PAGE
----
Give you an example because it's a real loosey-goosey kinda heady concept. If you enjoy playing music, you probably have a hard time describing why. It's just something about the way you feel. If you're a singer, the way your body feels when you resonate. If you're a drummer, the way it feels when you drum out that beat. If you're a guitarist, man, the way it feels when you strum that chord. You just can't describe it. It just is. That's an autotelic goal. So when your listeners arrive at that autotelic goal, they've identified something that's gonna drive them through any obstacle.

Because being a millionaire is hard. If being a millionaire is a good goal and not the real goal, when you realize that you're going to have to sacrifice family events, you're going to have to make tough choices about hanging out with friends working on your business or working on the revenue-producing idea, you may opt to take the easy route. Because being a millionaire isn't the goal. It's something else. Once we identify that real goal, the autotelic goal, that's power. That's power we can use and leverage through those hard choices, through those tough times. That's just one example of what I do with my clients, and that's been a pretty powerful tool for them.

[00:11:35.60] - Gresham Harkless

Yeah. It sounds extremely powerful. And I think that so many times as you said so well, we sometimes attach ourselves to goals that we had at a young age, and we feel like that's the goal, but we don't drill down to find the goal within the goal, as you said so well. That really is what we're trying to do, and it starts to allow us to to do and find the actions or filter out the either or options that we have so that we're in alignment, and we're truly doing what fills us up in our purpose. And that sounds like that could be, I was gonna call it a CEO hack.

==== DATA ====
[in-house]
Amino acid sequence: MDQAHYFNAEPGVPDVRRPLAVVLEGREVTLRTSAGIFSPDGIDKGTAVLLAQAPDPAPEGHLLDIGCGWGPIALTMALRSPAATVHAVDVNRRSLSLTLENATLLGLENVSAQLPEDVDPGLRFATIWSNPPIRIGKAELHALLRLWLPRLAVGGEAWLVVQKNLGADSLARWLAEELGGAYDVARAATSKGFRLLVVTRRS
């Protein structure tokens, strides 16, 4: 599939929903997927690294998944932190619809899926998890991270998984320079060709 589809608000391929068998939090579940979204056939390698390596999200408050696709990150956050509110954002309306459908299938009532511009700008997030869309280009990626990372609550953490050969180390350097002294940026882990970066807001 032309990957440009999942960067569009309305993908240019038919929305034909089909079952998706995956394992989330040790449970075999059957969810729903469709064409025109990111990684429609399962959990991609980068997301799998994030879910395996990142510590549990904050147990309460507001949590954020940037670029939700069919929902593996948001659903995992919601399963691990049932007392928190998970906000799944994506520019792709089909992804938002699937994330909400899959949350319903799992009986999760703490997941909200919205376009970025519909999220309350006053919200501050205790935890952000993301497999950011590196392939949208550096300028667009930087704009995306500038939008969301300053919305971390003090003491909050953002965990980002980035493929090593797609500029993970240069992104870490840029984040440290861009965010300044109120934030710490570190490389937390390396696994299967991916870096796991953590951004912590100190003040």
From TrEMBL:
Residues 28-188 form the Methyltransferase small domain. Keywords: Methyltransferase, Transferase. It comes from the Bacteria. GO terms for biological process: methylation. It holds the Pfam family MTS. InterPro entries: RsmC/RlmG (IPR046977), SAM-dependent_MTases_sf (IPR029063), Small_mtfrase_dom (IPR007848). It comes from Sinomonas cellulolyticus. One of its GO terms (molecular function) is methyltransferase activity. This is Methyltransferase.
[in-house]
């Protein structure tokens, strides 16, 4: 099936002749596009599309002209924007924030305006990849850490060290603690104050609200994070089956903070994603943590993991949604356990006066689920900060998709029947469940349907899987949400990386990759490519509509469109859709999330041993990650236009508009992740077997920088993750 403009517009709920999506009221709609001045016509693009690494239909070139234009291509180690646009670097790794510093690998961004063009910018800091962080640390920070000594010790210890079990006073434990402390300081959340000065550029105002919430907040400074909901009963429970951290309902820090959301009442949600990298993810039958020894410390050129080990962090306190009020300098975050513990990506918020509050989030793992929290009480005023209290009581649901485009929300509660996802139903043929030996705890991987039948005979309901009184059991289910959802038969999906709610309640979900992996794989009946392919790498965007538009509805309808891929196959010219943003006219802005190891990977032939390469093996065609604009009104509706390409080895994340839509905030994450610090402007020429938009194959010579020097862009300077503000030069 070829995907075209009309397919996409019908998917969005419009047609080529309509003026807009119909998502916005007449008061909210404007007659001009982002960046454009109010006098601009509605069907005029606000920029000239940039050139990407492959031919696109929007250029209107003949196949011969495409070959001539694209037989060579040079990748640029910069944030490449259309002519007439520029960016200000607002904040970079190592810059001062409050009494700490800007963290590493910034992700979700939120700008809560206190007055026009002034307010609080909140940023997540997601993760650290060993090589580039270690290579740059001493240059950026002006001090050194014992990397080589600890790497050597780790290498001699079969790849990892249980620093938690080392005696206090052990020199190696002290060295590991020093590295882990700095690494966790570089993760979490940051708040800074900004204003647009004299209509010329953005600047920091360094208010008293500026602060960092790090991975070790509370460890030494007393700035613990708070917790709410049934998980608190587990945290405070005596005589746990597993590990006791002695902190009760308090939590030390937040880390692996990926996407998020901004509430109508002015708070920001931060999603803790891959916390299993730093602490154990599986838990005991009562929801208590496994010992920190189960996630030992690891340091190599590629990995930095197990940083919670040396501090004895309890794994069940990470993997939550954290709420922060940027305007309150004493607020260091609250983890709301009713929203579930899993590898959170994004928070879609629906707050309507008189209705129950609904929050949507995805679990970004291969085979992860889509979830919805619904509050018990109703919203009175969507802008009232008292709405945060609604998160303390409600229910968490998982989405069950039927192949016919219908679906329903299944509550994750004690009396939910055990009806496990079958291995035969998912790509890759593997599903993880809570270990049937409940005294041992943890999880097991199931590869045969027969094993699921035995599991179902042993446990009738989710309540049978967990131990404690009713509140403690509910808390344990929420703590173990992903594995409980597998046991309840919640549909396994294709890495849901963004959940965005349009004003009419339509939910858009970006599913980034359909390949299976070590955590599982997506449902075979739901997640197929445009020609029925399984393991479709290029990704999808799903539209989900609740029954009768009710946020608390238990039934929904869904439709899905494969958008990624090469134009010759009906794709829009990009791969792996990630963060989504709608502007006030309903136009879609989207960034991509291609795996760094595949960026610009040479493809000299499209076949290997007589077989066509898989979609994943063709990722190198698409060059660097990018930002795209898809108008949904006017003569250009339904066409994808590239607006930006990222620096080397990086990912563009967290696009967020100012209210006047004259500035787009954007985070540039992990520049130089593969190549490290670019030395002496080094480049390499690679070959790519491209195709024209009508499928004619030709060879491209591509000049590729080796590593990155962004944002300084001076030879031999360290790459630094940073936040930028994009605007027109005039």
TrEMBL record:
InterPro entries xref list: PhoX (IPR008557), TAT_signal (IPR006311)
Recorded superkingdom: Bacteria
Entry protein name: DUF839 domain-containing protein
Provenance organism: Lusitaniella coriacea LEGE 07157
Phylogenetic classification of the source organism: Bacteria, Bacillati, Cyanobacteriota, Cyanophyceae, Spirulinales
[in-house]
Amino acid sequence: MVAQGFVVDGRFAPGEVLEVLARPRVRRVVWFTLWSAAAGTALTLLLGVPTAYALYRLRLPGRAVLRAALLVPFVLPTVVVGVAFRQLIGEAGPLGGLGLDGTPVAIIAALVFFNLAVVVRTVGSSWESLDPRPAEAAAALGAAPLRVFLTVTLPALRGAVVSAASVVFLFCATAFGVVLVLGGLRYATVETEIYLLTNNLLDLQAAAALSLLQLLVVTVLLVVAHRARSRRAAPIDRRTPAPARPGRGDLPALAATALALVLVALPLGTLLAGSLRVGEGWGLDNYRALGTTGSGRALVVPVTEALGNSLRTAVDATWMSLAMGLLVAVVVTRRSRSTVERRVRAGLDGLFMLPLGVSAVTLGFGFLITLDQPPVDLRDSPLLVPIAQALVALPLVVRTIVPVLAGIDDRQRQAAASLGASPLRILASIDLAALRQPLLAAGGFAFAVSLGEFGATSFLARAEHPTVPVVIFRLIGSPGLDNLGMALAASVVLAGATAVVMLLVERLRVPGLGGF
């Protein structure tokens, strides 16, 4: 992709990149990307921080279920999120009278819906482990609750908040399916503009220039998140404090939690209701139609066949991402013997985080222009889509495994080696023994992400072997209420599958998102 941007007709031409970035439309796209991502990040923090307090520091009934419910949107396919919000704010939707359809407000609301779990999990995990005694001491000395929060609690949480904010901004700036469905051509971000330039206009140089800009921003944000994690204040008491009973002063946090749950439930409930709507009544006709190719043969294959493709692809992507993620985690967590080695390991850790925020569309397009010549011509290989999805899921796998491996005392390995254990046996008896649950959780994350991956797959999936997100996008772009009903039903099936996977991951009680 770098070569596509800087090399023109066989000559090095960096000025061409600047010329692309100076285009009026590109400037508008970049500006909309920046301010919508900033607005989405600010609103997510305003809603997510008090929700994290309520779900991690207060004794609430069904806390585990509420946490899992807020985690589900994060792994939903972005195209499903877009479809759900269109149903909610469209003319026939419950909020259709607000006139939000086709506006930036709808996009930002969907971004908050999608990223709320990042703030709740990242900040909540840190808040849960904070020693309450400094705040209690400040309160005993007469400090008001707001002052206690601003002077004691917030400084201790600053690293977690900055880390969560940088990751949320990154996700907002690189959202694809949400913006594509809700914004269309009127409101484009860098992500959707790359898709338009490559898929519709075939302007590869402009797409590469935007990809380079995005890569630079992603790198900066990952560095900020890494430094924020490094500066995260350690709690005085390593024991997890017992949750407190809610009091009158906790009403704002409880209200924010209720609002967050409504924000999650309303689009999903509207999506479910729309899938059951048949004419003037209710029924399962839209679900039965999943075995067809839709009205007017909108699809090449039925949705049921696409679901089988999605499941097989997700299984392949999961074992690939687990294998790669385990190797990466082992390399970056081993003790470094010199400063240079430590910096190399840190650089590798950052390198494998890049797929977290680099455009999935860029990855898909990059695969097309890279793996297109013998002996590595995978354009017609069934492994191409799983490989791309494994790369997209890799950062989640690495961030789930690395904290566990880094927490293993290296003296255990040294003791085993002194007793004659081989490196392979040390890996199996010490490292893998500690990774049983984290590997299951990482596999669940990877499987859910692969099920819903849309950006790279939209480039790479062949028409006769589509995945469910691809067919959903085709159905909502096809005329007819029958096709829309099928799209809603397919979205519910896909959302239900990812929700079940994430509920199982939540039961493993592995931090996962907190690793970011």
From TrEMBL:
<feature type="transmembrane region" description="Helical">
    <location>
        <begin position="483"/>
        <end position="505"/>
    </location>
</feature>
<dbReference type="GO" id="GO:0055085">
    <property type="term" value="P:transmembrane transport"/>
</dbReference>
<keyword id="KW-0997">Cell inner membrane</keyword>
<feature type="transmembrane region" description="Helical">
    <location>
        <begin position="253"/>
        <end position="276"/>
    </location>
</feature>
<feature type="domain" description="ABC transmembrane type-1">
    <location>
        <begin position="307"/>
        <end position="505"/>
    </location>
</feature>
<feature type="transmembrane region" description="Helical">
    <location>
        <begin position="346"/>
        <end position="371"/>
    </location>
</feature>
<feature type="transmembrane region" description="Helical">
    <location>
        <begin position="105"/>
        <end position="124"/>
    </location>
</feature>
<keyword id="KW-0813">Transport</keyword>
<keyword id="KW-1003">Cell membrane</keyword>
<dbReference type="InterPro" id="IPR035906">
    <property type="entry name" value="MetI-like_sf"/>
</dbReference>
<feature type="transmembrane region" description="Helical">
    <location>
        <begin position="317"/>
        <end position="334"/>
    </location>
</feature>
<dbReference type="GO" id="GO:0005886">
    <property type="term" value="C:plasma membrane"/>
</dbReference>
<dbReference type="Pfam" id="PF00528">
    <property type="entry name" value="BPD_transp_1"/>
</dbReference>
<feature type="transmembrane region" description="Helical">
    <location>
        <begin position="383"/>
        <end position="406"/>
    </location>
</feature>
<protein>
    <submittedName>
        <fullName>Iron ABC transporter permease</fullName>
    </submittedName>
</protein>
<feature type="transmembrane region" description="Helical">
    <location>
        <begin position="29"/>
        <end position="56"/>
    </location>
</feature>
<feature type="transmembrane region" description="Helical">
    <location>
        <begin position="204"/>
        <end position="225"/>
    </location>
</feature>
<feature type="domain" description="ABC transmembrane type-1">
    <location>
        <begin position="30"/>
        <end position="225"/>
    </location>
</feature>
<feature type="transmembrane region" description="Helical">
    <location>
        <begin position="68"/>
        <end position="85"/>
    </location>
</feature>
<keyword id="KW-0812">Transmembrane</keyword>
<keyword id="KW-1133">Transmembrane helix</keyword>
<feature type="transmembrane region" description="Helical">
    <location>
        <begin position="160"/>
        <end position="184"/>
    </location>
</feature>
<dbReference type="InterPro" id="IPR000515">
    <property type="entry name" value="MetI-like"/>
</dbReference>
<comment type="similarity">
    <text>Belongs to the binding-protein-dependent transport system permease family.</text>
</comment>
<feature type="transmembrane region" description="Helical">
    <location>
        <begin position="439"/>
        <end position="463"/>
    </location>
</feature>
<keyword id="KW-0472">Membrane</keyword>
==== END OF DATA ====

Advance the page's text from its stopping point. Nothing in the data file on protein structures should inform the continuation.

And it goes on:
[00:12:03.39] - Offner Gregory

Absolutely. There's nothing tougher than the mental gymnastics that are expected of many CEOs. I was speaking to one that I advised the other day, and he said, COVID has been a real punch in the face for him because he realized he doesn't do much. He makes a lot of decisions. He gives a lot of orders, but at the end of the day, he doesn't do most of it. It's his troops. It's the people that work for him. And so as a CEO, when things are going wrong or when things aren't going as well as expected, the mental gymnastics that they have to do can be daunting if they haven't identified the true goal, the autotelic goal, the goal of their goal.